Nursing homes going into lock down to protect elderly residents most at risk to COVID-19

While it's state health departments and CDC testing kits at the front lines of containing the coronavirus outbreak, it's elders and those with compromised immune systems who stand to lose the most if they're infected.

That's why nursing homes like the Shelby Health and Rehabilitation Center are taking extra precautions and measures in protecting their patients.

"It's sad that they have to shut it down but it's better - it's better for them and thank God they are doing it and taking precautions," said Lydia Dicesare, whose 87-year-old father Rocco is staying at the center.

Since the state's confirmation of coronavirus on Tuesday, nursing homes like the one Rocco lives in have shut down in-person access to visitors, limiting contact to phone calls.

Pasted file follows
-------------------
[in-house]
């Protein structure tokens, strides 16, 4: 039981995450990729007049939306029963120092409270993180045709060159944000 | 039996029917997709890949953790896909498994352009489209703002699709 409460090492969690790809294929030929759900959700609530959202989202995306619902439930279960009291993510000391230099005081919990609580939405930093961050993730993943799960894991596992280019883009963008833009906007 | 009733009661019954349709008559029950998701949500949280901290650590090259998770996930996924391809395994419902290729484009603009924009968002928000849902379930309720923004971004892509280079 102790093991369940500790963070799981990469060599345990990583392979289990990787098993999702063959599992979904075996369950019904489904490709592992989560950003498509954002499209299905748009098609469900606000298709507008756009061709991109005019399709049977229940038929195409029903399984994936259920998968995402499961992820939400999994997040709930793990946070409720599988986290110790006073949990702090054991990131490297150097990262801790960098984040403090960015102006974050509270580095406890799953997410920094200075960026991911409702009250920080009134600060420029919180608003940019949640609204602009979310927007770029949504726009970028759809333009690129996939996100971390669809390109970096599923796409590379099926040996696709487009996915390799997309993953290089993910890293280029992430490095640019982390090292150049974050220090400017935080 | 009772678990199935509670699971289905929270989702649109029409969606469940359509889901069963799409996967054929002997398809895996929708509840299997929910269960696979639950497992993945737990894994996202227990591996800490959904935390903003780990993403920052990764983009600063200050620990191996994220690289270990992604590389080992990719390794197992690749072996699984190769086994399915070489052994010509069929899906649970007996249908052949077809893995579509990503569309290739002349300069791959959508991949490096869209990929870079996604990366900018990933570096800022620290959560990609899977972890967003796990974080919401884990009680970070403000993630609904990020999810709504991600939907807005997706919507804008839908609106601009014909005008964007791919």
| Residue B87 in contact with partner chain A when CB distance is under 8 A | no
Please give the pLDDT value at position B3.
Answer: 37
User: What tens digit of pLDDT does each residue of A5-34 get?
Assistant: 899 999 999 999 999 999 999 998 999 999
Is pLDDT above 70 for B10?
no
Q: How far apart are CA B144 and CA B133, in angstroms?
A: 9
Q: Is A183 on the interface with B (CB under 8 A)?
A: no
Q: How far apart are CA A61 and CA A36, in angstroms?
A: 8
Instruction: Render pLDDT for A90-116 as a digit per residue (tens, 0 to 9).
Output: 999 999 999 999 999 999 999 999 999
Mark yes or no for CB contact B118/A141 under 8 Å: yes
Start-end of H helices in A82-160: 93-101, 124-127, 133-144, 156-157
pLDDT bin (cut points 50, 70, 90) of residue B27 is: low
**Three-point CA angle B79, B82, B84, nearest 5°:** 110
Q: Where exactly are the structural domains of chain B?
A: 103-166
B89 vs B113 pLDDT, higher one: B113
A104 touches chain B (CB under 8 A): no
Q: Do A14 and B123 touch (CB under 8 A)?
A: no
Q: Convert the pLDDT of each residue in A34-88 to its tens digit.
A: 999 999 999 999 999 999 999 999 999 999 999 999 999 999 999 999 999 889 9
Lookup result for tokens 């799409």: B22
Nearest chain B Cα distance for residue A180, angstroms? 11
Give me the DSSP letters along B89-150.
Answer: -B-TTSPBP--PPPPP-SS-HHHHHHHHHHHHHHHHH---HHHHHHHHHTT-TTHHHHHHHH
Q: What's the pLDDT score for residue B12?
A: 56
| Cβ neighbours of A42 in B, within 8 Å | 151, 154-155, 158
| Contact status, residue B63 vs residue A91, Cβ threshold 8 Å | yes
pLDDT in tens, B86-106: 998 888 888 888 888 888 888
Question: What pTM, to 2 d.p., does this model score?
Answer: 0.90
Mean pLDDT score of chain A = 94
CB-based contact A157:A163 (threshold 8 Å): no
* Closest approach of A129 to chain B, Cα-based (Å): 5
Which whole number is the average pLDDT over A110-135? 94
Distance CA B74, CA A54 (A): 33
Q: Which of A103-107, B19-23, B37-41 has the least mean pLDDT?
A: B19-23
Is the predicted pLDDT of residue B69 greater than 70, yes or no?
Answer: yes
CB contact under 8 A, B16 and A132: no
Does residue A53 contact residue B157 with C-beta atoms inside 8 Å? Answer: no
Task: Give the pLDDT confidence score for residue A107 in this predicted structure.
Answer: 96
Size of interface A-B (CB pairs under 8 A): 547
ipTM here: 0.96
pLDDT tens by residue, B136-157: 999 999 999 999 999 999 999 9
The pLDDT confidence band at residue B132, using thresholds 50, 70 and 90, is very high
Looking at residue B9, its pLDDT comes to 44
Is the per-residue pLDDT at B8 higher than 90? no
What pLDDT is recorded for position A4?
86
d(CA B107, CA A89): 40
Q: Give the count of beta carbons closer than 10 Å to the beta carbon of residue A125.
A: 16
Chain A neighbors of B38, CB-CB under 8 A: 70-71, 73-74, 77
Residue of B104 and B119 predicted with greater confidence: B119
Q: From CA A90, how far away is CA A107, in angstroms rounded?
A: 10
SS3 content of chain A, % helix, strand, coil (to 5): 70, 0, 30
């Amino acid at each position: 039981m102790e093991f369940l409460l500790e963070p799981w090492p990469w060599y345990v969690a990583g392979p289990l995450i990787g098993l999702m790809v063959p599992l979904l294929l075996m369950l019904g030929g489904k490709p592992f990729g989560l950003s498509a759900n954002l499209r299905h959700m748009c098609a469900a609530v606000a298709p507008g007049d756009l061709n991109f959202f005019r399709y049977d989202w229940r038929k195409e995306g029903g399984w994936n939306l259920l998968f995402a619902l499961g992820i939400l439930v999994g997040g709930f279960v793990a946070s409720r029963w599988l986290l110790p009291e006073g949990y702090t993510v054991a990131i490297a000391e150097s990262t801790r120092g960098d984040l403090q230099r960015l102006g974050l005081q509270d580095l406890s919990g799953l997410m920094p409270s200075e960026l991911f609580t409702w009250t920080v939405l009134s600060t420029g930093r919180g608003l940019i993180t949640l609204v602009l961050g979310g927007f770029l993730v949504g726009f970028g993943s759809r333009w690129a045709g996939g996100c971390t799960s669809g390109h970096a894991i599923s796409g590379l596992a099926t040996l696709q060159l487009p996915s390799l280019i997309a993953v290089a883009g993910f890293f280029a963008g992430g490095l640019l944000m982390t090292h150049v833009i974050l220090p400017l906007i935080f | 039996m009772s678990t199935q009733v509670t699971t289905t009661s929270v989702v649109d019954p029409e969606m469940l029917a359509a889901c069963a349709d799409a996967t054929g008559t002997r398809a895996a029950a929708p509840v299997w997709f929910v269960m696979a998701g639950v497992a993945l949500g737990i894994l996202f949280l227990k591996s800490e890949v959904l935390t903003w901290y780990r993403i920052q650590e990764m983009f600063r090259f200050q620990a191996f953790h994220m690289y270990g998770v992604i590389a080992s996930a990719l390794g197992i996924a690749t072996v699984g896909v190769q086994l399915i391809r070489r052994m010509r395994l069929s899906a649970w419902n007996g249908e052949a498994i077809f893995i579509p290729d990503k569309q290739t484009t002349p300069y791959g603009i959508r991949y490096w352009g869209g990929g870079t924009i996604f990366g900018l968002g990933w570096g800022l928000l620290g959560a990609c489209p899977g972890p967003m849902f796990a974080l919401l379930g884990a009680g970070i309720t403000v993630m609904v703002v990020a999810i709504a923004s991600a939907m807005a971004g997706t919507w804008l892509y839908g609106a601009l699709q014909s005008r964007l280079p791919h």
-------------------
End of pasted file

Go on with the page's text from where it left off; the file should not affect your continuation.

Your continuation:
"He just called and said 'hey, nobody can come visit me and we really have to wash our hands and goodbye,'" said Dicesare, chuckling.

This is the new reality for the 212 residents who are living under lockdown at the center. However, with more than 1,400 confirmed cases and 38 reported deaths nationwide, its elder care facilities that have the most to lose if COVID-19 finds its way inside.

In Seattle, the state health department reported one of the country's worst acute outbreaks of coronavirus cases as 11 nursing homes were hit by the virus. Almost every one of the 31 deaths reported in Washington originated in those locations.

"I'm glad they're taking the precautions. I'm just really worried, you know - their mental state about what's going on, not being able to see their loved ones," said Dicesare.

For Dicesare, who visits her dad four-to-five times a week, she was told it would be closed to visitors for two weeks.

However, administrators warn it could be even longer as they await more guidelines from the state and CDC.

"Just take it day by day and hopefully he keeps calling me," said Dicesare.